Image by Moni Mckein

Do you wonder “Why am I here?” ”Why do I feel so empty?” Does it feel like nothing will bring you joy, love, and peace? Do you feel lost and unanchored? Does it seem like something is missing? Do you envy others who seem to have life wired?

If you answer “yes” to any of these questions, what you are lacking is a sense of purpose. You flit from new thing to new thing, desperately trying to find meaning in the actions you take, but you don’t get much satisfaction.

Don’t confuse your life purpose with material goals, such as finding a spouse, being a mother, earning a lot of money, or becoming famous. Your purpose is something separate from your goals.

Your purpose is the attitude you take as you live your life. Remember what you are seeking is within you. In contrast, your goals are what you’d like to materially achieve during this time you are on the planet.

How to Find Your Purpose

You can determine your purpose by reflecting on the following questions for a few minutes daily and writing down your answers.

innerself subscribe graphic

             Why am I here?

             Where am I going?

             What is my purpose?

             What do I truly want to say I did when I’m on my deathbed?

             What is truly important to me?

Suspend your judgments about what you write down. If you keep asking these questions on a regular basis, some satisfying answer will emerge. Look at your written musings and repeat out loud what feels closest to your truth. Futz with the wording.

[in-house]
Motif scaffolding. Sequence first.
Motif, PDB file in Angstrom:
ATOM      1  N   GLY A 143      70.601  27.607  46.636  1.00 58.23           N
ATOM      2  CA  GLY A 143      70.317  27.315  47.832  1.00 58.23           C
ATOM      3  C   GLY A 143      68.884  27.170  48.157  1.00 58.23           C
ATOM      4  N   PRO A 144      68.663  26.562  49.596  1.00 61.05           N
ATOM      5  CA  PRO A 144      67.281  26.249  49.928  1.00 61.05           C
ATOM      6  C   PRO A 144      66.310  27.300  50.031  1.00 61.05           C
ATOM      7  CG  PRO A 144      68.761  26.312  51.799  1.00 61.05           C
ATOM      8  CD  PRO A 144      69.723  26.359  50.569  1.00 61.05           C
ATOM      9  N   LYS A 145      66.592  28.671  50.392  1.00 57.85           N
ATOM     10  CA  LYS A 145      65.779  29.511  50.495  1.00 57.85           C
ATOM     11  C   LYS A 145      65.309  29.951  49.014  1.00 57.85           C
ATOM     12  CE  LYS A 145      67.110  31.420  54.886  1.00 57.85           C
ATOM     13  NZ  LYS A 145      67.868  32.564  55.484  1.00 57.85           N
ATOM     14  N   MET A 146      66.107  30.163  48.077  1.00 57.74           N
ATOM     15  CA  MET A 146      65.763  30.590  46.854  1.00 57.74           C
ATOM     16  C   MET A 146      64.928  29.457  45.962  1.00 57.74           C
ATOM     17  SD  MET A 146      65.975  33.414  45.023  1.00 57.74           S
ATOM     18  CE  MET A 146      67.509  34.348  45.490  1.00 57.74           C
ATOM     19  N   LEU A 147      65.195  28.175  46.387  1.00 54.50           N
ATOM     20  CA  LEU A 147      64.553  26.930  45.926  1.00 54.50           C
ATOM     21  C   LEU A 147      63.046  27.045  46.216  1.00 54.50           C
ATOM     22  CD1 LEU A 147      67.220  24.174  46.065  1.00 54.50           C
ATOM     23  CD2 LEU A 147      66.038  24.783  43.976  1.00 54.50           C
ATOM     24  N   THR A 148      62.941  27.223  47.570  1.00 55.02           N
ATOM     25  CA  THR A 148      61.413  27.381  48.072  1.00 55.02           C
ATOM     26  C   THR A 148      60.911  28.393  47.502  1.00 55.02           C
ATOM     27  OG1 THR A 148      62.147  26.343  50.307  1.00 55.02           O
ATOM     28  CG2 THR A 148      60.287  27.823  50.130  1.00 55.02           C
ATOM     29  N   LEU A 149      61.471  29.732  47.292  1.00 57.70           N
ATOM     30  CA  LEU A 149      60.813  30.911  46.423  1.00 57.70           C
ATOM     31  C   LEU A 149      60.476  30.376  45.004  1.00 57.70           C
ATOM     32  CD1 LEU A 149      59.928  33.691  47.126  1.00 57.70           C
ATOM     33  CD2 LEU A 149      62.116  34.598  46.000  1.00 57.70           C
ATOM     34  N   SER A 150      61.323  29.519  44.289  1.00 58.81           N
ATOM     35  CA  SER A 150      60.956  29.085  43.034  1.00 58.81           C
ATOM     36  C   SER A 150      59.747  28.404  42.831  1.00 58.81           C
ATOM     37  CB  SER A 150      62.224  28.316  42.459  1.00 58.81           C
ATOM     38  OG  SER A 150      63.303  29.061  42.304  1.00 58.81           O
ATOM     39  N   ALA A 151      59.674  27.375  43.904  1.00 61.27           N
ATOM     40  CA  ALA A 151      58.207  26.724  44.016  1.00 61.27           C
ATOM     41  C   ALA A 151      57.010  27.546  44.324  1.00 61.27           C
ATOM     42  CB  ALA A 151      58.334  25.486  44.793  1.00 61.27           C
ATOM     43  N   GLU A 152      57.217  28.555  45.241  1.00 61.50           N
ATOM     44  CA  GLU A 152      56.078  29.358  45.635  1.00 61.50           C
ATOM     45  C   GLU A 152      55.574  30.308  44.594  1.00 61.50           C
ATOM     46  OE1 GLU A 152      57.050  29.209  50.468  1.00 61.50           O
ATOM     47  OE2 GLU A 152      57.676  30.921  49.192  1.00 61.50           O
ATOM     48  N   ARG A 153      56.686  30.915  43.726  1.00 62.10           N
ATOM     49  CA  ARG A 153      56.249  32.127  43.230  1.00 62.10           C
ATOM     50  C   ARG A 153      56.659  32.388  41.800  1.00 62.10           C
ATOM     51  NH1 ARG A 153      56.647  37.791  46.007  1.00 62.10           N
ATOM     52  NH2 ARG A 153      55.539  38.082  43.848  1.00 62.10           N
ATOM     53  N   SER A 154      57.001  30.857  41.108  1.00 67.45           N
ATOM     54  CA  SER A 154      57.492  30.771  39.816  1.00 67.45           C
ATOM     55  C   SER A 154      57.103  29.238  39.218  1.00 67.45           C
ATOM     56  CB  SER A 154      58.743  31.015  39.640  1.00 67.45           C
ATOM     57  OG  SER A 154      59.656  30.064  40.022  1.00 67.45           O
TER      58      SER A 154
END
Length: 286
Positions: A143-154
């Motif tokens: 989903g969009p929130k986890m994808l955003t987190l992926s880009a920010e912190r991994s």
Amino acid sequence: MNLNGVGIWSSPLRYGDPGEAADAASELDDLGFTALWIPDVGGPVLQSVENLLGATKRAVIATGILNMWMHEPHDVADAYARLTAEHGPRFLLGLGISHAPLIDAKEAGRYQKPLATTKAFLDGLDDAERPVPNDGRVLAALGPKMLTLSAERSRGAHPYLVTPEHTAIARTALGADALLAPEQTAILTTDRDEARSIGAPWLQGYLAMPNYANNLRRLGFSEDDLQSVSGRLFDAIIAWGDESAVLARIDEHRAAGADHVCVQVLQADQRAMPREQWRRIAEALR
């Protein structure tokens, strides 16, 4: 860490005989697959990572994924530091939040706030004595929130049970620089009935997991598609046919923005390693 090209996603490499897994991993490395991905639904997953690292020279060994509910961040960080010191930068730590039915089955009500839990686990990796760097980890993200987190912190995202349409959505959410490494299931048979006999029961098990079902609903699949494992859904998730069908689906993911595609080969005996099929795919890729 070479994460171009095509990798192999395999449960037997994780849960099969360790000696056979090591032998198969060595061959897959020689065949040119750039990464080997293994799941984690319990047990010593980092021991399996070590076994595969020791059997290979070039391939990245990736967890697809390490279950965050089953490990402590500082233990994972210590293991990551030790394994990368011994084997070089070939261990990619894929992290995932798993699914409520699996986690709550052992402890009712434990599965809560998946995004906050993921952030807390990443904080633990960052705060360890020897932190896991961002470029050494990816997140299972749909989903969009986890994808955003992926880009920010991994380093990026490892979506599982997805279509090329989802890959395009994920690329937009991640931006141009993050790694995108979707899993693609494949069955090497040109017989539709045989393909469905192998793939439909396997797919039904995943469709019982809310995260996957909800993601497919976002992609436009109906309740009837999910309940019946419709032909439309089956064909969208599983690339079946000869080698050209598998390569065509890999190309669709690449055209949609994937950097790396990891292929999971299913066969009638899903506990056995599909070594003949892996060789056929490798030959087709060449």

If you keep contemplating any or all of these questions, at some point your answer will get stronger and feel sweeter. If this isn’t your experience, go back and ask yourself the above questions some more. Be patient and persist in your inquiry.

When you find it, remind yourself of it frequently. Repeat it daily several times, until it becomes infused in every cell. Some examples are:

           I’m here to be happy.

           I’m here to embody joy, love, and peace.

           I’m here to be loving.

           I want to contribute to making the planet more peaceful.

           I want to make the world a better place.

When you find your purpose, it will become your beacon. It can keep you on track in moments of doubt or when you forget what is fundamentally true for you.

Articulating your purpose will help you prioritize what’s important from what’s trivial. More importantly, as you align your thoughts, words, and actions with your personal purpose you’ll finally feel content. You will be living the reason you are alive today, tomorrow, and until you take your last breath.  

Connecting with your purpose will put whatever happens into its proper perspective. You will know what is important and won’t get mired in the inevitable obstacles along the way. Articulating it will provide a touchstone to help make moment-to-moment choices every day.

Setting Goals

Once you have a clear idea of your purpose, you will be able to translate it into practice through your actions. If you feel unmotivated or complacent, it’s because you have overlooked the attitude that you need to hold on to as you do what you do. These actions run the gamut from making your bed in the morning to helping your co-worker when they need a little boost, from being nice to folks that rub you the wrong way, to organizing a blood drive. Each activity should exemplify your purpose.

Some people avoid setting goals because they are afraid that they will fail. Others neglect some aspects of their lives because they seem too difficult, take up too much time, or don’t seem important.